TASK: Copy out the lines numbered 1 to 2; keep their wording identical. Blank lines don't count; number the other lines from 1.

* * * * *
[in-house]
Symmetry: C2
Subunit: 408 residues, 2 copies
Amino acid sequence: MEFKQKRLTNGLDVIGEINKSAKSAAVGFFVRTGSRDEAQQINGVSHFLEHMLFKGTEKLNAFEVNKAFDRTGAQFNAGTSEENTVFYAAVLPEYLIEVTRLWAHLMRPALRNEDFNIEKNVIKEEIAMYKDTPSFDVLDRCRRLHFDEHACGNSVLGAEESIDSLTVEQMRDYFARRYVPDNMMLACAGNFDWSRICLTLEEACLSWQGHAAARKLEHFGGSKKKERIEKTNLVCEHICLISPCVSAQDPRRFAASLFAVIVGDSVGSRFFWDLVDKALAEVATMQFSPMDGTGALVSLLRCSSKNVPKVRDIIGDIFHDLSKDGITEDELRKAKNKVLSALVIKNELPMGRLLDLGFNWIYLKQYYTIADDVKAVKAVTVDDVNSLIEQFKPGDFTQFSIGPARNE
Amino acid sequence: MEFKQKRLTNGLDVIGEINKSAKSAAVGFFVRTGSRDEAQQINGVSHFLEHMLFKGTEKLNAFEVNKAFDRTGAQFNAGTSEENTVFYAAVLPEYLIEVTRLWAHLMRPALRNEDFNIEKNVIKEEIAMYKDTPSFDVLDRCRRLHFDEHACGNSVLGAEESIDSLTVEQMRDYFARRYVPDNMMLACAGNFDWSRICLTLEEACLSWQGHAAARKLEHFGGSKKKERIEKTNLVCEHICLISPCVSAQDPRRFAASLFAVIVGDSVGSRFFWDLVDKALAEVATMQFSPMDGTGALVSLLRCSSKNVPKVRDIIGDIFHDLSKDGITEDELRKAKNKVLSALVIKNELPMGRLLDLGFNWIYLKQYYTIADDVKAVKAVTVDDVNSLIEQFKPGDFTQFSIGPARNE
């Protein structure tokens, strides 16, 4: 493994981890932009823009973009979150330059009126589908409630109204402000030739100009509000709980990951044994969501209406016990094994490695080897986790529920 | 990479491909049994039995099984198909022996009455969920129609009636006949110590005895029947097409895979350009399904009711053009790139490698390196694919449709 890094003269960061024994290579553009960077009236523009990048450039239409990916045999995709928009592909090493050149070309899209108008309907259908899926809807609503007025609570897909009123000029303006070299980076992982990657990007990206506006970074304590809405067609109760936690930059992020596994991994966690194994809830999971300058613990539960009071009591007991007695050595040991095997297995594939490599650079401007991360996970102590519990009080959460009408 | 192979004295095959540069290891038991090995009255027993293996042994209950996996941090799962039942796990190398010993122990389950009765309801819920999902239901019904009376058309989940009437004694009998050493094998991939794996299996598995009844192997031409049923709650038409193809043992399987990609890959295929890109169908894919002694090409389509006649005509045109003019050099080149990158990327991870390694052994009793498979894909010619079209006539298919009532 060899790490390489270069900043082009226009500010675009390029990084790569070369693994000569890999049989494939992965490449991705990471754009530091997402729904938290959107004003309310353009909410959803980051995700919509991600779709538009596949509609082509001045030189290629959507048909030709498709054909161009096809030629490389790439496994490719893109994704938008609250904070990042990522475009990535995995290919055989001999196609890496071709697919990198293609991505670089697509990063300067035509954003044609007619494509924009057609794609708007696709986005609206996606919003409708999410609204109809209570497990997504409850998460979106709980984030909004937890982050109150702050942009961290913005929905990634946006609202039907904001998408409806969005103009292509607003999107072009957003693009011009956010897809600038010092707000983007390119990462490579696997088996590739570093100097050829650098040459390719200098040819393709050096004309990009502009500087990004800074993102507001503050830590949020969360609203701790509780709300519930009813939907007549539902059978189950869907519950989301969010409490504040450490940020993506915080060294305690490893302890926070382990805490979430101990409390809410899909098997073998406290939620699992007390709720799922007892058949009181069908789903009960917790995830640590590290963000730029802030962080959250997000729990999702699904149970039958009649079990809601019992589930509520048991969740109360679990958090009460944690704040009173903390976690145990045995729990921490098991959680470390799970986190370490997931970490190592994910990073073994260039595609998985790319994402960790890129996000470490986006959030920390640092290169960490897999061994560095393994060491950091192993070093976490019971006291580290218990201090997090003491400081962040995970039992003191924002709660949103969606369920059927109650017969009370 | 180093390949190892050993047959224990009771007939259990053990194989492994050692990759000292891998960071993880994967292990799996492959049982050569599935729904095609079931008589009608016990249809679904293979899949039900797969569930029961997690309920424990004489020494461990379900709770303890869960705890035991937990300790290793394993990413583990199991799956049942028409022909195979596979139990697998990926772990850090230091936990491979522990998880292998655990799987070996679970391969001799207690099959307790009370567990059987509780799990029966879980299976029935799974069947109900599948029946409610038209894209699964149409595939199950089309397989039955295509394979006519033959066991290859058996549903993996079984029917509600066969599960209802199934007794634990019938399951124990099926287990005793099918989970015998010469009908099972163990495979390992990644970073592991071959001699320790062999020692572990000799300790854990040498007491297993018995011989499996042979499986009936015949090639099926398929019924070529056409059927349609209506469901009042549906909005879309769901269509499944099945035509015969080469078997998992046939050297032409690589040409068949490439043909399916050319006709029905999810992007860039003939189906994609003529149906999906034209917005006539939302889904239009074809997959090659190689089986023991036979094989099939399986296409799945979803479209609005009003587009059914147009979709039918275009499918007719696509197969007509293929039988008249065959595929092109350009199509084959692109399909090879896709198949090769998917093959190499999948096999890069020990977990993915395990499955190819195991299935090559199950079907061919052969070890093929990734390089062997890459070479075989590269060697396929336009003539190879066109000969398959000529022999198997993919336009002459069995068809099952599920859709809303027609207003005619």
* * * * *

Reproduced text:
[in-house]
Symmetry: C2